Man-made lagoons and how their attractiveness to waders might be increased by manipulating the biomass of an insect benthos.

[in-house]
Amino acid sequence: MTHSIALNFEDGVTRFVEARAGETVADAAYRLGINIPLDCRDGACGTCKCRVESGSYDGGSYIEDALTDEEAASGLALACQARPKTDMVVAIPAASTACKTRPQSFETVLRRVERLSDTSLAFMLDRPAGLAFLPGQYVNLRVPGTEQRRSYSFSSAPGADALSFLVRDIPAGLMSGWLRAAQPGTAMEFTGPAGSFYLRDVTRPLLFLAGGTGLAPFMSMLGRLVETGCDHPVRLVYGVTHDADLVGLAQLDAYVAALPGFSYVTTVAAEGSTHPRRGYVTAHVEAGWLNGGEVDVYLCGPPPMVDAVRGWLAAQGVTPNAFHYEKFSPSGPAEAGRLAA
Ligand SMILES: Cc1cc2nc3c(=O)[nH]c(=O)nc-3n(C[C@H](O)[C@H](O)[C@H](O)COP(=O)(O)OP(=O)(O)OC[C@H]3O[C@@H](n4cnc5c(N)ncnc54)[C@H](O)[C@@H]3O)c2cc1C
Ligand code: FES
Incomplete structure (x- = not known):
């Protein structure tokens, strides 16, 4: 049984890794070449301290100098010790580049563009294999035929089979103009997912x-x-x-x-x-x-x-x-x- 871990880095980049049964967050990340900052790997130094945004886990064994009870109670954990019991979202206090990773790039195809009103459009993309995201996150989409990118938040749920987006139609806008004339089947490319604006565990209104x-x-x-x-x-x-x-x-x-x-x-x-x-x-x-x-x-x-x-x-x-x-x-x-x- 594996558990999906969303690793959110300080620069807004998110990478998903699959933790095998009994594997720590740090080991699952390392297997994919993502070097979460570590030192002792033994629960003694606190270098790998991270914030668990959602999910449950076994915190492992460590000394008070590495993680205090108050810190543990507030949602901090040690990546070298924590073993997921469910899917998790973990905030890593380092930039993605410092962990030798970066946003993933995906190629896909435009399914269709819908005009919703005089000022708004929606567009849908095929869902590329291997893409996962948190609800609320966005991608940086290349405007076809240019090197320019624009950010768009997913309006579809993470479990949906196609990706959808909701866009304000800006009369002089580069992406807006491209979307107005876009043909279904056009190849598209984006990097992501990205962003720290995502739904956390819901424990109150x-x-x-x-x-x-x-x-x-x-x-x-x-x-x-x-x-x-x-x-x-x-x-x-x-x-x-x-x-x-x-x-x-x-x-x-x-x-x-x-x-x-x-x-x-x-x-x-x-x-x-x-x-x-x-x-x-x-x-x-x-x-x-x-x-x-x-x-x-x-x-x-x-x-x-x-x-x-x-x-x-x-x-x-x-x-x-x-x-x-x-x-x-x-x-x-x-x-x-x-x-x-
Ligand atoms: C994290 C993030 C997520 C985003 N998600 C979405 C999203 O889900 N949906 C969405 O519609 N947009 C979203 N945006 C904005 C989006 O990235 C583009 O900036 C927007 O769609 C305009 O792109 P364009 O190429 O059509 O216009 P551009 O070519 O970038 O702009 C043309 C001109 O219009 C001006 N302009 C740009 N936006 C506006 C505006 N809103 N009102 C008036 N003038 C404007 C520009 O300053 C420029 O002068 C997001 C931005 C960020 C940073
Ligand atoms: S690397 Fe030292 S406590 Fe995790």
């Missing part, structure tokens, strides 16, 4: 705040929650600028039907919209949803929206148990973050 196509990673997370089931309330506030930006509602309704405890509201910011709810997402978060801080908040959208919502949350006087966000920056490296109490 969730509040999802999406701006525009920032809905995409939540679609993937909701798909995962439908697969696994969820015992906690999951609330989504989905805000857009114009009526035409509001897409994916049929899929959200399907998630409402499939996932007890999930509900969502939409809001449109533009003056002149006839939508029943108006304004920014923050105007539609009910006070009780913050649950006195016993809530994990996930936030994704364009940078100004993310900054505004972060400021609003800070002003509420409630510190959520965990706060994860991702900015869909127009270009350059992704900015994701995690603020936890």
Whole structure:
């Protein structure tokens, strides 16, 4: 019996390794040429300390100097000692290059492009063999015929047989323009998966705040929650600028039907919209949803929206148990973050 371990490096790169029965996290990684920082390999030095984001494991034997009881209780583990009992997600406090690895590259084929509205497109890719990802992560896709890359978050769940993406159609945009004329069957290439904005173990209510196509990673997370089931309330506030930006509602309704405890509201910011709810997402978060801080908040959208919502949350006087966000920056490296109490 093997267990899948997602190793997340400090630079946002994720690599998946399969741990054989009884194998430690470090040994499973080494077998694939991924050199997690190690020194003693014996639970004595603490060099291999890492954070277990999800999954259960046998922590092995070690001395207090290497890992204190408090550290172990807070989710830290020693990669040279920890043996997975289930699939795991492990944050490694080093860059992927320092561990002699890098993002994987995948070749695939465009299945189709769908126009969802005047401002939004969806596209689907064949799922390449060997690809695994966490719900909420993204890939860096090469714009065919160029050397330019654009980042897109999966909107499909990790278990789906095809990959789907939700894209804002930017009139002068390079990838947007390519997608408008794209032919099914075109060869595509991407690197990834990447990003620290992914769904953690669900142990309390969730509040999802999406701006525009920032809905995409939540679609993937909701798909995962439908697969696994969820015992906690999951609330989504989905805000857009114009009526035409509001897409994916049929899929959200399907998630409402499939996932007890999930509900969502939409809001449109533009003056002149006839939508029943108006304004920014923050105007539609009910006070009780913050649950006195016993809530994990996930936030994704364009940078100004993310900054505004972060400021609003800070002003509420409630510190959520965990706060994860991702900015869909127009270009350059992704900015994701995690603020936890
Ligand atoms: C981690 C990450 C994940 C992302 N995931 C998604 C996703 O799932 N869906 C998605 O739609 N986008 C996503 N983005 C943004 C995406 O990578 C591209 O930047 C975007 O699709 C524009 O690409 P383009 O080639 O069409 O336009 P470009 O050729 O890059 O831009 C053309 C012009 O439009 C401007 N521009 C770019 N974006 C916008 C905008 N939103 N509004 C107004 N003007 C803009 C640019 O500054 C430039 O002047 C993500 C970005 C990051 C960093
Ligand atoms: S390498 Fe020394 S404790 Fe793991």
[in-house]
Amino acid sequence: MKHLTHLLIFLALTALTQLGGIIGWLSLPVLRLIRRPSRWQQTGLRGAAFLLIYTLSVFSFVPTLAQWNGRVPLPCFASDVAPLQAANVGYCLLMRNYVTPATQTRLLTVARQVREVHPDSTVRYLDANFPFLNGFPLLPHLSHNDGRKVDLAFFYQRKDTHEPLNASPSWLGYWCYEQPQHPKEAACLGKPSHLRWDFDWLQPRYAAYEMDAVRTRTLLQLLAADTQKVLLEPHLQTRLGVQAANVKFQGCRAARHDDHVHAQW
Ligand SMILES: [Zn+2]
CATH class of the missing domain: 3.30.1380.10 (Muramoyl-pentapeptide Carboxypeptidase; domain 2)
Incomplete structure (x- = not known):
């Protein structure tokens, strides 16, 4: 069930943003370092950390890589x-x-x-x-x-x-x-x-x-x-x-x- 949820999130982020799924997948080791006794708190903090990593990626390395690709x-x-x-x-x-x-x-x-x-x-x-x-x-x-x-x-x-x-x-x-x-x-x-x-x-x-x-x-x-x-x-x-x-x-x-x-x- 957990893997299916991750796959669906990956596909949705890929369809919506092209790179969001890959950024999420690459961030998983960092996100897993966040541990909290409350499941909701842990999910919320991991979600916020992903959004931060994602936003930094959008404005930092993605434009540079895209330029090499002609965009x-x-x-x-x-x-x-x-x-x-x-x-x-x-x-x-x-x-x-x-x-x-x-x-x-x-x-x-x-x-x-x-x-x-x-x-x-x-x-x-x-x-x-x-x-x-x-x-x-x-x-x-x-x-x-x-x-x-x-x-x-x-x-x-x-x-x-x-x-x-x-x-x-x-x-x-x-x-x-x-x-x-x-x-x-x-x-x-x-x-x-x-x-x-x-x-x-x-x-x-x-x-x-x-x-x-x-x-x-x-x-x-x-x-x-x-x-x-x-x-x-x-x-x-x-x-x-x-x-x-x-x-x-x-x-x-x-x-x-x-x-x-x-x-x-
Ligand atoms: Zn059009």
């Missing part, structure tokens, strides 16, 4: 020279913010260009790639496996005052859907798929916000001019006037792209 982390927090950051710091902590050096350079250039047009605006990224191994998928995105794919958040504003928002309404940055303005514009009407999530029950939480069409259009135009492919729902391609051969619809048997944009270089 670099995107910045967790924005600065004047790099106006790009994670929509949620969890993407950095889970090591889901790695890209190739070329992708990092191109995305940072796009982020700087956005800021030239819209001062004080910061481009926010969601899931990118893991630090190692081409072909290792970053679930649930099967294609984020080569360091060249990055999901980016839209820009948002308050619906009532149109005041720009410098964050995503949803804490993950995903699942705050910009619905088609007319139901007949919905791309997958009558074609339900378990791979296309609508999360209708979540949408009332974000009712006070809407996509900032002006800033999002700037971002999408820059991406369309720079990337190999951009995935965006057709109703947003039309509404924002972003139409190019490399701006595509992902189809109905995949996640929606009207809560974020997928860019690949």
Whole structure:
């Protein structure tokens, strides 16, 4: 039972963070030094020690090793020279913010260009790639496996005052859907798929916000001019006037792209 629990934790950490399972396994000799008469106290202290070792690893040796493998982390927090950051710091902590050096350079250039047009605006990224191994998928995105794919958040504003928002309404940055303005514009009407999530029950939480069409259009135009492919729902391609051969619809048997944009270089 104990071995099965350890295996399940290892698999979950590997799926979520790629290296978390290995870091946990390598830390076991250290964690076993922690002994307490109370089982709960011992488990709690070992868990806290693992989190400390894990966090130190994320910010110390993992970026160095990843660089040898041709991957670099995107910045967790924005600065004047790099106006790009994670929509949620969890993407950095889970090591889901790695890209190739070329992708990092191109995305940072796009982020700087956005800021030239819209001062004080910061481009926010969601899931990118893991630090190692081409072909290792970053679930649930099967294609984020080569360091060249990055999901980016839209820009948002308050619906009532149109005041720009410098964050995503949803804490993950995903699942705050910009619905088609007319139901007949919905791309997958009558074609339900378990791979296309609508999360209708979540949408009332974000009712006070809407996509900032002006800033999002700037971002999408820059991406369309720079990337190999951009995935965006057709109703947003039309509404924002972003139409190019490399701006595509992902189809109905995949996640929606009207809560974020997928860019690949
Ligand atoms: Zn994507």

The benthic invertebrate communities of 4 man-made brackish (mixo-oligohaline) lagoons in the Humber Estuary, England, were investigated. The communities showed extreme dominance by Chironomidae (Procladius choreus, Chironomus annularius, C. aprilinus, C. plumosus, C. prasinus, Glyptotendipes barbipes, Microchironomus deribae) (98% of the biomass) and were typical of disturbed or temporary habitats. The peak biomass (12.8 g m-2 dry wt) and production (65.0 g m-2 year-1 dry wt) values for these lagoons were similar to those of temperate lotic and lentic systems. The major determinants of chironomid biomass were water depth, organic content of the sediments and prey biomass. Waders consumed a relatively small proportion of the total production (12%) and of the mean annual biomass (125%), because much of the production was unavailable under the current management regime. On the lagoon with the least mean depth all the available biomass was consumed during the summer and autumn. Proposed management improvements include a new lagoon profile and a schedule for filling and emptying the lagoons to optimize biomass availability while ensuring continued colonization.